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TPB: The New Pirate Bay
More on the proposed acquisition of The Pirate Bay by Global Gaming Factory.
STOCKHOLM (Rixstep) -- A minor bout of stock market hysteria broke out the other day with the announcement of the acquisition of The Pirate Bay by Global Gaming Factory but now pundits aren't so sure they like the deal.
Where the Money Goes
The Hollywood warlords are already chomping at the bit. 'This proves TPB is run for profit', said one. 'No it doesn't', said another. 'It only proves they have something other companies find of value.'
And where will that SEK 60 million go? Outside the borders of Sweden, says Peter Sunde. TPB isn't run from Sweden anymore anyway - the money will end up with a foreign company where neither Sunde nor Neij nor Svartholm-Varg are stockholders.
Svartholm-Varg (Anakata) has intimated the money will be used to defend victims of the Hollywood warlords. Let's just see how far they get if we're as well financed as they are, wrote Svartholm-Varg.
'We're going to be after them for this money for life!!1!' said Lars Gustafsson of the Swedish branch of the IFPI.
GGF Stock 'Ballistic'
Shares in Global Gaming Factory rose by 120-150% with news of the planned acquisition. They were frozen already 22 June in anticipation of the deal. Trading resumed 10:00 30 June.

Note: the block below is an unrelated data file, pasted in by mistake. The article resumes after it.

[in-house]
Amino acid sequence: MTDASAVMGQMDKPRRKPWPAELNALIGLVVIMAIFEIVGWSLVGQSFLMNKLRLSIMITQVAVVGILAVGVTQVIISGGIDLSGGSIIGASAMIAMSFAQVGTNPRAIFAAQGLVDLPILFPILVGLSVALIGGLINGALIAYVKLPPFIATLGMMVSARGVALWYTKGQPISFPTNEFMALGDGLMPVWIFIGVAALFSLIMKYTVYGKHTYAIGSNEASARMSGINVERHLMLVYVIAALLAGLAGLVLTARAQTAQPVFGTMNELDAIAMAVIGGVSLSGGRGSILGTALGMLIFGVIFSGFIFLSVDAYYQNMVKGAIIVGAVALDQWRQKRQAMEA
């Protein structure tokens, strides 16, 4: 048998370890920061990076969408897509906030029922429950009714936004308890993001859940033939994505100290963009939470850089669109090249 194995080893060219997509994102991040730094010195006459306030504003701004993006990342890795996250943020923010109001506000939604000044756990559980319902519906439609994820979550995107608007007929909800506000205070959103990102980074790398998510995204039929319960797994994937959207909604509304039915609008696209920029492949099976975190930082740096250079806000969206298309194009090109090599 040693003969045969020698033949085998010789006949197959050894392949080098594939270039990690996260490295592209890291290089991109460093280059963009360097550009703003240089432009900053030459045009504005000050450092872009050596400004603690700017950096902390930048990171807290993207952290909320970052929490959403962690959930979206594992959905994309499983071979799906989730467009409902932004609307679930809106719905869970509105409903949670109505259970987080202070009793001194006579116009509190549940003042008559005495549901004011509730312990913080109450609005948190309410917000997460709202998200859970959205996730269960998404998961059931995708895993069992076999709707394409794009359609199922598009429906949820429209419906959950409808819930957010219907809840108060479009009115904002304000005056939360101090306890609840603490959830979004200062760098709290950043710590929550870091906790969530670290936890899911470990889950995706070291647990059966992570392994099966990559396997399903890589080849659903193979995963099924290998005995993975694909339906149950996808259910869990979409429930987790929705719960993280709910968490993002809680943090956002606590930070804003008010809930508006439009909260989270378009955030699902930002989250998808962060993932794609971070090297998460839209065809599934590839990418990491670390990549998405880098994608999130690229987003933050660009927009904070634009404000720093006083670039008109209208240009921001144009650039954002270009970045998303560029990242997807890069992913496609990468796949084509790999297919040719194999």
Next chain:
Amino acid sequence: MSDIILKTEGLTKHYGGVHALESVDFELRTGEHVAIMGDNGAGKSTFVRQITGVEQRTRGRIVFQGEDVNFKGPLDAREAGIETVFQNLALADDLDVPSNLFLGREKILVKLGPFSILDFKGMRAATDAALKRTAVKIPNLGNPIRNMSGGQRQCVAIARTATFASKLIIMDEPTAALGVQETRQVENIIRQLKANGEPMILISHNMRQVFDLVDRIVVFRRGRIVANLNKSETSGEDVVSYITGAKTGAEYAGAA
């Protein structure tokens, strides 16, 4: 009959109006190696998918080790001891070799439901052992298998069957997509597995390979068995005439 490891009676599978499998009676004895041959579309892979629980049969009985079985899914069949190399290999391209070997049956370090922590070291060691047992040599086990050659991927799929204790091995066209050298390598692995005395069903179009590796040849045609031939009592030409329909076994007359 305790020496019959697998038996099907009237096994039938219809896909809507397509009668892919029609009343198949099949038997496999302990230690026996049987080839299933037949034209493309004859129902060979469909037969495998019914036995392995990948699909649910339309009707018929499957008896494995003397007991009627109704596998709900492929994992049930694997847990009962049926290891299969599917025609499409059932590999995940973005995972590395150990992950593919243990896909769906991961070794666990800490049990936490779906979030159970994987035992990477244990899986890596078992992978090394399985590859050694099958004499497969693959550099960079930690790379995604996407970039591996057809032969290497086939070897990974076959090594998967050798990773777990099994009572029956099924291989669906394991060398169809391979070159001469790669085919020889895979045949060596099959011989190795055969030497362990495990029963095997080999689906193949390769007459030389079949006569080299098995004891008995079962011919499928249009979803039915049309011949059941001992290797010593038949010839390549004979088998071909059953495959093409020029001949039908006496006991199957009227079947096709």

GGF's stock has been a so-called 'stamp stock' selling for a few pennies and previously was at a high of ~$0.05 before falling back to ~$0.04. But forty minutes after the stock opened for trading it began rising with 225,000 shares traded.
GGF's been in the hole as well. But not by much. Q1 results for 2009 show the company in the red for approximately $100,000. But total revenues were only $90,000 for the same period. Short term investments for $150,000, cash on hand for $100,000.
Their business model up to now has been to 'create revenue streams in the existing network of thousands of Internet cafés and gaming centres through the digital distribution of advertising, software, and services'.
The board and management of GGF have connections to a long line of IT companies including the well known Icon Medialab. Icon Medialab cofounder Johan Sellström is today CTO and board member of GGF. Board chairman Magnus Bergman sits on the boards of at least ten more IT companies and previously was board chairman of Icon Medialab.
GGF CEO Hans Pandeya is otherwise more interested in real estate. He sits on the boards of half a dozen condominium companies and several real estate companies. Previously he's been involved in ad company and media company startups all around the world.
Pandeya holds a Master of Science degree from the Royal Technical Institute in Stockholm and a Master of Business Administration degree from Harvard Business School.
Valdemar Ledin of Planka.nu doesn't like the new pirate bay. 'Making money isn't interesting. We want the content to be accessible. This feels like a marketing opportunity for GGF's services.'